Qualys is actively tracking threats which target containers. In our recent analysis, we have identified a few docker instances executing a malware which we term as “LibMiner”. This malware has the capability to deploy and execute Cryptominer. It uses a unique technique for lateral movement across the containers as well as Linux systems, executing on unprotected Redis servers and initiating mining on them. The malware has the ability to protect its termination, thus making it impossible to gain control over it. This blog post uncovers the unique techniques and tactics used by LibMiner.
Cryptojacking attacks are evolving over time to better evade detection by both end users and protection technologies. It’s therefore important for security teams to understand how these attacks work so they can best protect their system resources. In a recent talk at AVAR 2018, Qualys Malware Research Labs presented an analysis of several evasion techniques used by attackers to deliver the Cryptojacking code to web browser and how existing protection technologies stack up against them.
Early Cryptojacking Attacks
CoinHive was the first browser-based CryptoMining service provider. They made it possible to enable browser-based mining on a website by embedding just a few lines of code. Adversaries seized this opportunity and Cryptojacking attacks became prevalent.
Qualys Malware Research Labs is announcing the release of Qualys BrowserCheck CoinBlocker Chrome extension to detect and block browser-based cryptocurrency mining, aka cryptojacking.
In our weekly roundup of InfoSec happenings, we start, as has often been the case this year, with concerning Meltdown / Spectre news — this time involving Microsoft — and also touch on a password hack at Under Armour, a WannaCry infection at Boeing, and a severe Drupal vulnerability.
Microsoft patches its Meltdown patch, then patches it again
In an instance of the cure possibly being worse than the disease, a Microsoft patch for Meltdown released in January created a gaping security hole in certain systems in which it was installed.
It took Microsoft two tries to fix the issue, which affects Windows 7 (x64) and Windows Server 2008 R2 (x64) systems. The company thought it had solved the vulnerability (CVE-2018-1038) with a scheduled patch last Tuesday, but then had to rush out an emergency fix two days later.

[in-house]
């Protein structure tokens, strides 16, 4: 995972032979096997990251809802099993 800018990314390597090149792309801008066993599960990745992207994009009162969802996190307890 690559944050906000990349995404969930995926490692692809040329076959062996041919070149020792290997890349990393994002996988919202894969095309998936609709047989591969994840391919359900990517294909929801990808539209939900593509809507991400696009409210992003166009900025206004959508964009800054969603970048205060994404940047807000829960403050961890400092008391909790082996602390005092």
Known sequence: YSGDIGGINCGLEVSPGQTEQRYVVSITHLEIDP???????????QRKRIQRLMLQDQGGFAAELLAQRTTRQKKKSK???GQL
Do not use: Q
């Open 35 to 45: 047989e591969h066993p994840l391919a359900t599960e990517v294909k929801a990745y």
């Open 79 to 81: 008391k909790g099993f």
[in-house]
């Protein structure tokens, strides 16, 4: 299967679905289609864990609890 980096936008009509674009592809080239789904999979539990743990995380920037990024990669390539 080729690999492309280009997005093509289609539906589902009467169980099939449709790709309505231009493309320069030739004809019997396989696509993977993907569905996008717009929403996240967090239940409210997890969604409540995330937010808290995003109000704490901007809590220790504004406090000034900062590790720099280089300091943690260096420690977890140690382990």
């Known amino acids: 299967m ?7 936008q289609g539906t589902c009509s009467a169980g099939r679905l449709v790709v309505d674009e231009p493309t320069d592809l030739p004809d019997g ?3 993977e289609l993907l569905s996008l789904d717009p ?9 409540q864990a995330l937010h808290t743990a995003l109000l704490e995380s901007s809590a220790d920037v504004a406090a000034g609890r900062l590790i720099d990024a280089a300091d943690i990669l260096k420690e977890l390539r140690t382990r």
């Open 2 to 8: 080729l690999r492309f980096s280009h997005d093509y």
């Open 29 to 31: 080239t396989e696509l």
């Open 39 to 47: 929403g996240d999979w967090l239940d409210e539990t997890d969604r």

Security researcher Ulf Frisk, who discovered the vulnerability, called it “way worse” than Meltdown because it “allowed any process to read the complete memory contents at gigabytes per second” and made it possible to write to arbitrary memory as well.
“No fancy exploits were needed. Windows 7 already did the hard work of mapping in the required memory into every running process,” Frisk wrote. “Exploitation was just a matter of read and write to already mapped in-process virtual memory. No fancy APIs or syscalls required — just standard read and write.”
In this week’s InfoSec news review we’ll dive into cryptomining, get the latest on DDoS amplification, go over recent data breaches, and check out another vendor claiming it can crack iPhones.
I, me, mine
The freight train that’s cryptomining shows no sign of slowing down, and the cyber security implications are intensifying accordingly.
This week alone, Microsoft detected and disrupted a massive cryptomining malware campaign, a Tesla AWS account got hijacked, a new mining worm was discovered, and Kaspersky researchers warned about increased sophistication of infection methods.
While there is a legitimate component to this business, malicious hackers eager to profit are aggressively breaching networks and infecting devices — PCs, IoT systems, smartphones, servers — to steal computing power for mining virtual currencies.